How tall was the greatest generation? That’s the question raised by a Virginia Tech research project, which was made public on Pearl Harbor Day earlier this month. Called “The American soldier in World War II“, the voluntary initiative transcribed and digitized responses to surveys administered to hundreds of thousands of servicemen between 1940 and 1941.
Some of the answers are what you would expect from a force made up largely of conscripts. Servicemen complained about food, lack of recreational opportunities, and military bureaucracy. Other reports are discordant by 21st century standards. Investigations revealed tense and sometimes soured relations between northerners and southerners, blacks and whites. Contrary to pop culture portrayals, many also expressed ambivalence about the war’s goals and their willingness to face the fight.
It is a low blow to blame young men for having opinions prevalent in their time and place. Highlighting now retrograde attitudes toward race and gender, a Washington Post Account of the project almost reads like a generational cancellation. But any serious assessment requires weighing what members of the US forces said during World War II against what they did. The defeat of the Japanese Empire and National Socialism (in cooperation with allies attractive, repulsive, and somewhere in between) was an indisputable moral feat.
Even so, the project strikes a blow at the sanitized version of World War II promoted by media personalities like news anchor Tom Brokaw, who popularized the term “the greatest generation.” Provocatively recent book, historian Elizabeth D. Samet argues that nostalgia for a glorious national effort to defend freedom and democracy around the world has distorted American politics for at least half a century. In pursuit of the cohesion and purpose we believe we enjoyed between 1941 and 1945, we translate every problem, foreign or domestic, into the idiom of World War II. This has led to mixed and sometimes disastrous results in real and metaphorical conflicts, including this century’s War on Terror.
The problem isn’t just that specific historical analogies don’t work (not every foreign policy dispute is another Munich, not every strong leader is another Hitler). It is that the mythology of collective redemption through violent struggle creates expectations that can never be realized, encouraging a cycle of idealistic overcoming followed by disappointed pessimism. In his introduction, Samet notes that when journalist Studs Terkel invoked “the good war” in the title of his own oral history, he insisted on placing the phrase in quotation marks. The decision was “not a matter of whim or editorial comment, but simply because the adjective ‘good’ mated to the noun ‘war’ is so incongruous.”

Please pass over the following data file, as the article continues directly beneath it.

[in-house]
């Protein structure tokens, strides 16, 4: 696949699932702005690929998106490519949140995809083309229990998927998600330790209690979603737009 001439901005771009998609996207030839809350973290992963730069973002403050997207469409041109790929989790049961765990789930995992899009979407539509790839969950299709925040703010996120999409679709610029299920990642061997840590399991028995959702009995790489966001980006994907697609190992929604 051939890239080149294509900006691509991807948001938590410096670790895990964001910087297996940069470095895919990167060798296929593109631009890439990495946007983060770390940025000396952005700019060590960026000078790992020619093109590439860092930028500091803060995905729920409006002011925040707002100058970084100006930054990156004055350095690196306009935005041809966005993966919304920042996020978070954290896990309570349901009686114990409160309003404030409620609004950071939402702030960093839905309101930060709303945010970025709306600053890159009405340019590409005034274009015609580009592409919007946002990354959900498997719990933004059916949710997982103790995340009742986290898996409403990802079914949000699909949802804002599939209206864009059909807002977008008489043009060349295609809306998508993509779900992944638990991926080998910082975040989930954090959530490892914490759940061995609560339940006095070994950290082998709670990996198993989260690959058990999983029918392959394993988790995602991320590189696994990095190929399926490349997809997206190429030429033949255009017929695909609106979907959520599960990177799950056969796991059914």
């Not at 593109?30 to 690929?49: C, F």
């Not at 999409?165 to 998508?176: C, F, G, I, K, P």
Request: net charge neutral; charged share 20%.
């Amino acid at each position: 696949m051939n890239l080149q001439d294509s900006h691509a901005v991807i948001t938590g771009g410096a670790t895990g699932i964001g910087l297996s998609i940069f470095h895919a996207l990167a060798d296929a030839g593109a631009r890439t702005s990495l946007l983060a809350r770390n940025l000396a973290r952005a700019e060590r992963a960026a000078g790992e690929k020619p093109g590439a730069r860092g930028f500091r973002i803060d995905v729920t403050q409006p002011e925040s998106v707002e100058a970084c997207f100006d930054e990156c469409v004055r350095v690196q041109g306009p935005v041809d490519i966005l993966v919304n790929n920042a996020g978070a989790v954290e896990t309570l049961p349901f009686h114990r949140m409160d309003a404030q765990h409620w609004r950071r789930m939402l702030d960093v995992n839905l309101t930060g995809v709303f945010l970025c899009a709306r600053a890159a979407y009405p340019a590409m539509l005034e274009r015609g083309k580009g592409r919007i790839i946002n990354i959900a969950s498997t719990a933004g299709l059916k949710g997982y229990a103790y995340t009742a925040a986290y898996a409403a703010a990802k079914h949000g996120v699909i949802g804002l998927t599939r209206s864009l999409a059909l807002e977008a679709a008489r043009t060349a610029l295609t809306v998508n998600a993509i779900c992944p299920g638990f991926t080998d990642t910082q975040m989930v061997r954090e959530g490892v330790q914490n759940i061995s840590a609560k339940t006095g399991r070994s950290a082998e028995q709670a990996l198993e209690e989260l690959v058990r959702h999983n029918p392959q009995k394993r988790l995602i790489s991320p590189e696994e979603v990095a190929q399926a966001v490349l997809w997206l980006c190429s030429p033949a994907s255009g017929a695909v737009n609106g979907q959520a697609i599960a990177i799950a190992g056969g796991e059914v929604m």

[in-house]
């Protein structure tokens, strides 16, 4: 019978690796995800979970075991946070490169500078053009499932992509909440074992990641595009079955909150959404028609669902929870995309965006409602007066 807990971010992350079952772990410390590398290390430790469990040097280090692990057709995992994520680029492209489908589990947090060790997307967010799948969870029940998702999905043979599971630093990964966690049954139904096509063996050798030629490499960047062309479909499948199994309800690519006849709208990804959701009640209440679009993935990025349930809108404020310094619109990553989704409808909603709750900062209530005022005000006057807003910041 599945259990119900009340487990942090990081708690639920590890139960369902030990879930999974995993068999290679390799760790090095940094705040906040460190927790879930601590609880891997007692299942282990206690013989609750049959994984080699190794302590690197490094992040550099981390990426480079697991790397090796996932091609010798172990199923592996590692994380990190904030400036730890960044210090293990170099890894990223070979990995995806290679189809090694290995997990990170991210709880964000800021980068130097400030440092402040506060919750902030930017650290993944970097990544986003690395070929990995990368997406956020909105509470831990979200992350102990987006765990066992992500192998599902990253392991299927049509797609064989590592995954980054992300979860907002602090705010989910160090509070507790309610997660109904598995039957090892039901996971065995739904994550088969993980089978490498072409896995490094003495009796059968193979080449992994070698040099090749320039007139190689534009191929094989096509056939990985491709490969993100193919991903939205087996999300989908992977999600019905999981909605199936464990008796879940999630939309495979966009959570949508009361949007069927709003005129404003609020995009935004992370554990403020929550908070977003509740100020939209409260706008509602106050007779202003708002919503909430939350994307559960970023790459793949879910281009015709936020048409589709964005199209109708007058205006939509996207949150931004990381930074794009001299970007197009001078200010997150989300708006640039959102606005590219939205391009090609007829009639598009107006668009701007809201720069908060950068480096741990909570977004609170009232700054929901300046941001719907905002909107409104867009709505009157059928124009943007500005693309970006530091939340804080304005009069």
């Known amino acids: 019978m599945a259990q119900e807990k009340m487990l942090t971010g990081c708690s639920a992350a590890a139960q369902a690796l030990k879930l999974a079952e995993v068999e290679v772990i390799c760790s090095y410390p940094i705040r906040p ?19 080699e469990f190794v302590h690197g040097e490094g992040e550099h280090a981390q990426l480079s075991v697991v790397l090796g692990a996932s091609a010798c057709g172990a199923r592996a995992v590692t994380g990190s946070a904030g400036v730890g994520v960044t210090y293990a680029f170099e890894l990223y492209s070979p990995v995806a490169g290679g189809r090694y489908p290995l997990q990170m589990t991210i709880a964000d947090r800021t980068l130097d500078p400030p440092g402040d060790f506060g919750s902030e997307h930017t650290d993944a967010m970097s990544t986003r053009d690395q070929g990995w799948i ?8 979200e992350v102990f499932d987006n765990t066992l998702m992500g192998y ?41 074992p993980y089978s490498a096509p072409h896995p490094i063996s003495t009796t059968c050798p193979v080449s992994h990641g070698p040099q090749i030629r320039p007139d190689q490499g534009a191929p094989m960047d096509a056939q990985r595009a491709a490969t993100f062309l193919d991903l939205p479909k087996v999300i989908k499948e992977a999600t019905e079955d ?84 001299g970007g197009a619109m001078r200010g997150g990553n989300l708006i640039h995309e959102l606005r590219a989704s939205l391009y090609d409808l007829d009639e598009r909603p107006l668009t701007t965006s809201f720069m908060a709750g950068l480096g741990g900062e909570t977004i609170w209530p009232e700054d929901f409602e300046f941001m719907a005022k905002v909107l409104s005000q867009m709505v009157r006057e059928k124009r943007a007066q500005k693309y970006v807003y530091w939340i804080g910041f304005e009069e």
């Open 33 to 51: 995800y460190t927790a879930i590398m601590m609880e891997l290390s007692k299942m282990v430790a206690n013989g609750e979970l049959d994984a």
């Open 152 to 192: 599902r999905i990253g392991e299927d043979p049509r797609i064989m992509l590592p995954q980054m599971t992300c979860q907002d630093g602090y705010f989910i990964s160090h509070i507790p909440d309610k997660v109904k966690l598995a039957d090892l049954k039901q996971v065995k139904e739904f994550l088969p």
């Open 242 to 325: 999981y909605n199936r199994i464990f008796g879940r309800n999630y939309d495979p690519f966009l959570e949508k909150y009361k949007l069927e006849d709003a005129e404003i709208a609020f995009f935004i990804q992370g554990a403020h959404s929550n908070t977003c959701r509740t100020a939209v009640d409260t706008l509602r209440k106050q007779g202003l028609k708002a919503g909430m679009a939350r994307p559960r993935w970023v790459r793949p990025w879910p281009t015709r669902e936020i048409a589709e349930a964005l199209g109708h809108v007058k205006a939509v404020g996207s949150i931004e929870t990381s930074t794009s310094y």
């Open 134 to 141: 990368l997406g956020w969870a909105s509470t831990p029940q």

Ironically, people who lived through the war were our best reminders of this incongruity. When they told their own stories, whether in private or on paper, they displayed little of the certainty or triumphalism now associated with their experiences. The explicitly war-themed works of Norman Mailer or Paul Fussell, not to mention the more oblique treatments of mid-century cinema noir, are hardly advertisements for the restorative properties of war.
Rather than a form of complacency, the cult of the greatest generation was the product of Americans born during or shortly before the war who grew up in fear of fathers, older brothers, or parents who had worn uniforms. Many of this cohort served – in Korea, Vietnam or elsewhere. But few found the moral or political satisfaction they expected.
Inspired in part by genuine historical interest, immersion in the “good war” of the past could also be a compensation for the uncertainties and upheavals that young Americans mistakenly believed to be unique to the second half of the 20th century. That’s why the 1990s saw an explosion of World War II-themed popular culture, much of it produced by and for men in their late middle years.
At the time, the greatest generation could still speak for themselves, sometimes offering a harsh rebuke to overly romantic representations. It’s more difficult today, with only about 240,000 veterans still alive, and many who have mental and physical health problems. The Virginia Tech project is essential neither because it documents people who were much better than us, nor because it opens a window into a dark past. Instead, it records the voices of ordinary men, whose experiences warn us of the confusion, corruption, injustice and horror that accompanies even the most necessary wars.